Introducing Spectre.Console

Date Published: 19 October 2022

Introducing Spectre.Console

Spectre.Console is a dotnet library for making beautiful, more useful console applications. Here's a quick introduction to getting started with it.

If you'd rather watch a video, I've recorded a quick video for NimblePros' YouTube channel:

YouTube: Introducing Spectre.Console

Getting Started

The quickest way to get started with Spectre.Console is to add it to a new console application. You can follow these steps in a console window right now:

dotnet new console -n SpectreConsole
cd SpectreConsole
dotnet add package Spectre.Console
dotnet watch run

Now open up Program.cs in an editor and replace its contents with this:

using Spectre.Console;

Console.WriteLine("Hello, World!");
AnsiConsole.Markup("[underline red]Hello[/] [bold green]World[/]!");

Save the file and you should see output like this in your terminal window:

spectre console hello world output

Notice that the second "Hello World" is now in Red and Green.

Running the Examples

Another cool tool that Spectre Console uses is a library called dotnet example, which can be used by any project to make it easier to demo. The tool looks in the "examples" or "samples" folder for any csproj or fsproj files and provides an easy way to list and run these from the console.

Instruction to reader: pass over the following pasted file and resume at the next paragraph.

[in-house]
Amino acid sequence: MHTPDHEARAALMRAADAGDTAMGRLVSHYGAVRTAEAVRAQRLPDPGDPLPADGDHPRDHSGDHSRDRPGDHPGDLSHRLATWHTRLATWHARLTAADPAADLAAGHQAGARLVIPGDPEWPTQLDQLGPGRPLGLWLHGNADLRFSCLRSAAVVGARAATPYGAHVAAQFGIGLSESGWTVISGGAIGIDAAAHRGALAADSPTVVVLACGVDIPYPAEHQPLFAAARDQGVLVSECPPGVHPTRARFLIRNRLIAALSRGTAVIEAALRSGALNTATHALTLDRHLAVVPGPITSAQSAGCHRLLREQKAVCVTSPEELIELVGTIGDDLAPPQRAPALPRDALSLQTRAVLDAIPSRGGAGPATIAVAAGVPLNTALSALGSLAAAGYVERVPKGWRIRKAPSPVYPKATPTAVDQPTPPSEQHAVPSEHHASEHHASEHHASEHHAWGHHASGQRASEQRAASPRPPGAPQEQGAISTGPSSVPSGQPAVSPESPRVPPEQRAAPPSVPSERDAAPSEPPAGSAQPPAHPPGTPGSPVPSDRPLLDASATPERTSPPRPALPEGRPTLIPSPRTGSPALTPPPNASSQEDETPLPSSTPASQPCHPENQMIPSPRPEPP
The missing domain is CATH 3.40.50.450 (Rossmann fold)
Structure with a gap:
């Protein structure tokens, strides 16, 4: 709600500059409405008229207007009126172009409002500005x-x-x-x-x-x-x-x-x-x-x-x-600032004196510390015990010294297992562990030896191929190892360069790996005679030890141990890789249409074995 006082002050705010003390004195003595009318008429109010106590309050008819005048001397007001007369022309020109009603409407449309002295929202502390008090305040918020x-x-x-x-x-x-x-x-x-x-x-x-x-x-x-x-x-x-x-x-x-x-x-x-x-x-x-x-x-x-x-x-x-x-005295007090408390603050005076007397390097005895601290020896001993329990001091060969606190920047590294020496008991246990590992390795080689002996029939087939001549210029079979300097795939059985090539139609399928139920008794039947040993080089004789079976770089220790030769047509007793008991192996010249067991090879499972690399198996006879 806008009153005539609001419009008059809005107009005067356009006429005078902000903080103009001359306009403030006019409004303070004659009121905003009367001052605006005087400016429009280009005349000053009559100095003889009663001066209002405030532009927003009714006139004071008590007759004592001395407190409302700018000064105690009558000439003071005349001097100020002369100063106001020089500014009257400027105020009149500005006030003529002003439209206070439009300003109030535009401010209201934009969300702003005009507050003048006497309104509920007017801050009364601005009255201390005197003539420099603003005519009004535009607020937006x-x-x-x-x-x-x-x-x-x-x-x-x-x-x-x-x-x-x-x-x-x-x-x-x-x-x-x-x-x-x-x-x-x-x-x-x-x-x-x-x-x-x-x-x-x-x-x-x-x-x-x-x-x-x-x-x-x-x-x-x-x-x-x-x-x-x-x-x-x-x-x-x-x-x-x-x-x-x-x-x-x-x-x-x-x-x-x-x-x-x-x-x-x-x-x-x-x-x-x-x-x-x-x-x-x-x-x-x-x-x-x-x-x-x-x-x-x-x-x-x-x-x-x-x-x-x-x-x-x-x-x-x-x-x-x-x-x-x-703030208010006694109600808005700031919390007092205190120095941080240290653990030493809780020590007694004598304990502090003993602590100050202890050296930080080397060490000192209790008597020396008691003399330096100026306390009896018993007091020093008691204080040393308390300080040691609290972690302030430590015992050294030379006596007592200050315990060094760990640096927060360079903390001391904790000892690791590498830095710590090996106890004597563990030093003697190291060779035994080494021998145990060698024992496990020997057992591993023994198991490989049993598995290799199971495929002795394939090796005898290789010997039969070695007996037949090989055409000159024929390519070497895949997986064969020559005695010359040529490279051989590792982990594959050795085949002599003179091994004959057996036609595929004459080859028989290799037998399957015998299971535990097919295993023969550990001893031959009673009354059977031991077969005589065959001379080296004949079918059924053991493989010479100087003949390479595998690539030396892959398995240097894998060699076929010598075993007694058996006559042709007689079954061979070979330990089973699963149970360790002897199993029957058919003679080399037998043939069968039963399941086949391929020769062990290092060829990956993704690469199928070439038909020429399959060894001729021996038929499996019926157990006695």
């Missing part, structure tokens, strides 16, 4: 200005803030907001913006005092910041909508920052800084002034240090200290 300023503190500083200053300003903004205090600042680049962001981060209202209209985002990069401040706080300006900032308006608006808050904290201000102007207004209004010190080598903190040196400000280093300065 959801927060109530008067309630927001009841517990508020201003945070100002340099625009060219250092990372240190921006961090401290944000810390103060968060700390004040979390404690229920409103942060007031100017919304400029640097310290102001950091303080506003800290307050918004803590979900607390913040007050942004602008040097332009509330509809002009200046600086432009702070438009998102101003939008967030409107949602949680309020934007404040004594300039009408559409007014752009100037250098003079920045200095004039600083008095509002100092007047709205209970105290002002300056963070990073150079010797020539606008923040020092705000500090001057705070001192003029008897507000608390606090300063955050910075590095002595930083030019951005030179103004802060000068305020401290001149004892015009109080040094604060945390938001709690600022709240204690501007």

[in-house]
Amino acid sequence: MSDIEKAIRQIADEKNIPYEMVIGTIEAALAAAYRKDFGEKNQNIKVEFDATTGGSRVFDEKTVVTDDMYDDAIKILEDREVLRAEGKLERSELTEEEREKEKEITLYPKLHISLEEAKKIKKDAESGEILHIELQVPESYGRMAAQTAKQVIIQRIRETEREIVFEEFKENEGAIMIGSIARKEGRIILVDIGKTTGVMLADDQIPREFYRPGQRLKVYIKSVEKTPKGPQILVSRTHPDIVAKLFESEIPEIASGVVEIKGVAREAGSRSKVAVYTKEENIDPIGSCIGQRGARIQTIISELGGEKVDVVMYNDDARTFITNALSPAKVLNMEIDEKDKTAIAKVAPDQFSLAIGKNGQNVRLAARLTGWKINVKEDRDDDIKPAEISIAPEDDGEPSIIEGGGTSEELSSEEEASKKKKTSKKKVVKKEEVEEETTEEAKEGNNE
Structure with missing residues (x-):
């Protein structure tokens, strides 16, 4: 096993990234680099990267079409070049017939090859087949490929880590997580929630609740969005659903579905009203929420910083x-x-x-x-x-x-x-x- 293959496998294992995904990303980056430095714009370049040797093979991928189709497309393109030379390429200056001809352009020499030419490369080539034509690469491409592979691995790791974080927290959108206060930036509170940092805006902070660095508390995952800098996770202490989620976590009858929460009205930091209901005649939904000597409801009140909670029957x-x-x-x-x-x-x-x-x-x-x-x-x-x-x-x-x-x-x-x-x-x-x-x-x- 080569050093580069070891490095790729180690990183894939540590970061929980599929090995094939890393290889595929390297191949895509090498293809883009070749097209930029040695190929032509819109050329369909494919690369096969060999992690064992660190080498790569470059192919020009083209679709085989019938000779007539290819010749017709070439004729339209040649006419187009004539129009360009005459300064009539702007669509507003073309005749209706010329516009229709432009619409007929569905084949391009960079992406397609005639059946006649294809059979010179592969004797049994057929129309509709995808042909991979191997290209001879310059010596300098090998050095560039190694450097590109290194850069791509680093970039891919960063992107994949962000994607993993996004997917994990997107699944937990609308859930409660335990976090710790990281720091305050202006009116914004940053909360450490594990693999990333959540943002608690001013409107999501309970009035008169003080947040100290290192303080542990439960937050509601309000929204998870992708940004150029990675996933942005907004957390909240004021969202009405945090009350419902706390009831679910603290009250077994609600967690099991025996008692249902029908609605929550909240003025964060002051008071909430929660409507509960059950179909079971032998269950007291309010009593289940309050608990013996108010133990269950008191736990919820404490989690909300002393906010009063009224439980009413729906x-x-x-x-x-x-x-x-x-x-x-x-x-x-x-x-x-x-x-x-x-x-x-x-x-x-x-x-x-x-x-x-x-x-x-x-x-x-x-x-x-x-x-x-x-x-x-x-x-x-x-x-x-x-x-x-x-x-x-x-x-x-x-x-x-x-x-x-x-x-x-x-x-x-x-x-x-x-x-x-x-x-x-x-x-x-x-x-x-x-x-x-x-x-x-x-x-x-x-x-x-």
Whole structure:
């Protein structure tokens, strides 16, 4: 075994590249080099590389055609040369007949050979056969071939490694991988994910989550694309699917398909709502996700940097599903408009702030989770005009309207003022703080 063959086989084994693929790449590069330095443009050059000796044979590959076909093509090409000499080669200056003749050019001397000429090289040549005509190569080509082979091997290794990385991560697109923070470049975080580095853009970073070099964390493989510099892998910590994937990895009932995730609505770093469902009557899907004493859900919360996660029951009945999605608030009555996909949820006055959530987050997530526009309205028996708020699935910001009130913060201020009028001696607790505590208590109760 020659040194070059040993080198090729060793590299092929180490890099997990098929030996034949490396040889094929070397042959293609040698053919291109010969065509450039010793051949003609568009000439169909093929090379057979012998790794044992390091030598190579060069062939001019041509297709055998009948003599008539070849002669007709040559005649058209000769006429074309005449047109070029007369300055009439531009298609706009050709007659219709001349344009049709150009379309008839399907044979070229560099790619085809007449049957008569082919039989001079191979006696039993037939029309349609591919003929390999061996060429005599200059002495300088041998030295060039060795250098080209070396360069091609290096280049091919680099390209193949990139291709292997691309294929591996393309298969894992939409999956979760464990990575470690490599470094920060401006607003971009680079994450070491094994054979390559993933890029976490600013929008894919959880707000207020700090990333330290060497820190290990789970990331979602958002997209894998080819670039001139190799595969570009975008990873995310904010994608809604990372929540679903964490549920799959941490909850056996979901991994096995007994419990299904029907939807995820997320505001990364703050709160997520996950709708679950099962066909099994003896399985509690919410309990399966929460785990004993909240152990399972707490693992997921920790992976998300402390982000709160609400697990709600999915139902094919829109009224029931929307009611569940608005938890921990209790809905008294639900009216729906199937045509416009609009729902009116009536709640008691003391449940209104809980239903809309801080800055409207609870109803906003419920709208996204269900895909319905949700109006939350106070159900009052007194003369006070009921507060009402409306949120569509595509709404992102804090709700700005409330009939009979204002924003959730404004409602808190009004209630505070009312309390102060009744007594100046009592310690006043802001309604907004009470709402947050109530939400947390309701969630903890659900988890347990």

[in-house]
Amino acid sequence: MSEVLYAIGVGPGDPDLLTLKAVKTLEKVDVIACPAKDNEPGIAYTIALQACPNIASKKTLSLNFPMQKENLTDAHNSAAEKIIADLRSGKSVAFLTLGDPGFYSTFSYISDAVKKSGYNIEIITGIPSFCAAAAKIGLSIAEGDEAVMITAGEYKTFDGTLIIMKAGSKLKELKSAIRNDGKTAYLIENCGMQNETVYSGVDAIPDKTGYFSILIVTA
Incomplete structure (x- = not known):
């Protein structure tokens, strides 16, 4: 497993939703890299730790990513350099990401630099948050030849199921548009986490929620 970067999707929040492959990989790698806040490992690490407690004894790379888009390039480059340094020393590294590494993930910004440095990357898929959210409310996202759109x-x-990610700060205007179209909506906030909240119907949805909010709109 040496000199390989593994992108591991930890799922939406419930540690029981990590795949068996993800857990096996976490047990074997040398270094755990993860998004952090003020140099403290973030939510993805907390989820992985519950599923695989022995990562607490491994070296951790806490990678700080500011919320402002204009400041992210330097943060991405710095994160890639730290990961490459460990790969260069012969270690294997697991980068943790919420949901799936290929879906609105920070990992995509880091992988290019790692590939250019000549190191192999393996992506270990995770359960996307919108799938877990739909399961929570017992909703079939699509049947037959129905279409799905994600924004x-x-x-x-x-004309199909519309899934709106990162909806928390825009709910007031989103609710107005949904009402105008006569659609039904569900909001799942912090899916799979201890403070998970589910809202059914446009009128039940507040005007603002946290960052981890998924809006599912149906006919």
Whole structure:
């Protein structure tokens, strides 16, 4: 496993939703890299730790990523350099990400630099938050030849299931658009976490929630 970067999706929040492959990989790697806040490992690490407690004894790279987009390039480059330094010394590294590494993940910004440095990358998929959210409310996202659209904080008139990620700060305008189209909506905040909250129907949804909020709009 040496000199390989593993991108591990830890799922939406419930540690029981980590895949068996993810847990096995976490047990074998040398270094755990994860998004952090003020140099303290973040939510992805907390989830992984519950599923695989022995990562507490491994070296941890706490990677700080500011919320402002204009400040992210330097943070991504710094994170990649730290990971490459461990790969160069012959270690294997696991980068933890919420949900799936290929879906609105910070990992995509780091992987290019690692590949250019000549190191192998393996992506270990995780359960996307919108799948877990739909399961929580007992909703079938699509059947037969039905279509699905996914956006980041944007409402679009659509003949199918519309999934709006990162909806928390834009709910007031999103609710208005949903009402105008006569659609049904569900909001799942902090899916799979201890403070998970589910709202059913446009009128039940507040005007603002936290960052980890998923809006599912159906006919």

For Spectre Console, you just need to install the tool and then run it:

dotnet tool install -g dotnet-example

Then pull down the repo for Spectre Console and run the following in that repo's root folder:

dotnet tool restore
dotnet example

This will show you all of the examples, like this:

console listing spectre.console examples

Here's what Spectre Console's Status update feature looks like:

animated gif showing status updates streaming to console

Another nice feature that virtually every console application could benefit from is better exception styling:

console listing spectre.console exceptions

Next steps

This is one of those utilities that everyone should know about and consider using in their console apps (at least the ones that aren't throwaway). If you have a standard template you use for console applications, you might want to add this library to it. If you don't, you might want to consider creating one.

If you have a favorite feature of Spectre.Console that I didn't demo here, please share it in the comments below.

Steve Smith

About Ardalis

Software Architect

Steve is an experienced software architect and trainer, focusing on code quality and Domain-Driven Design with .NET.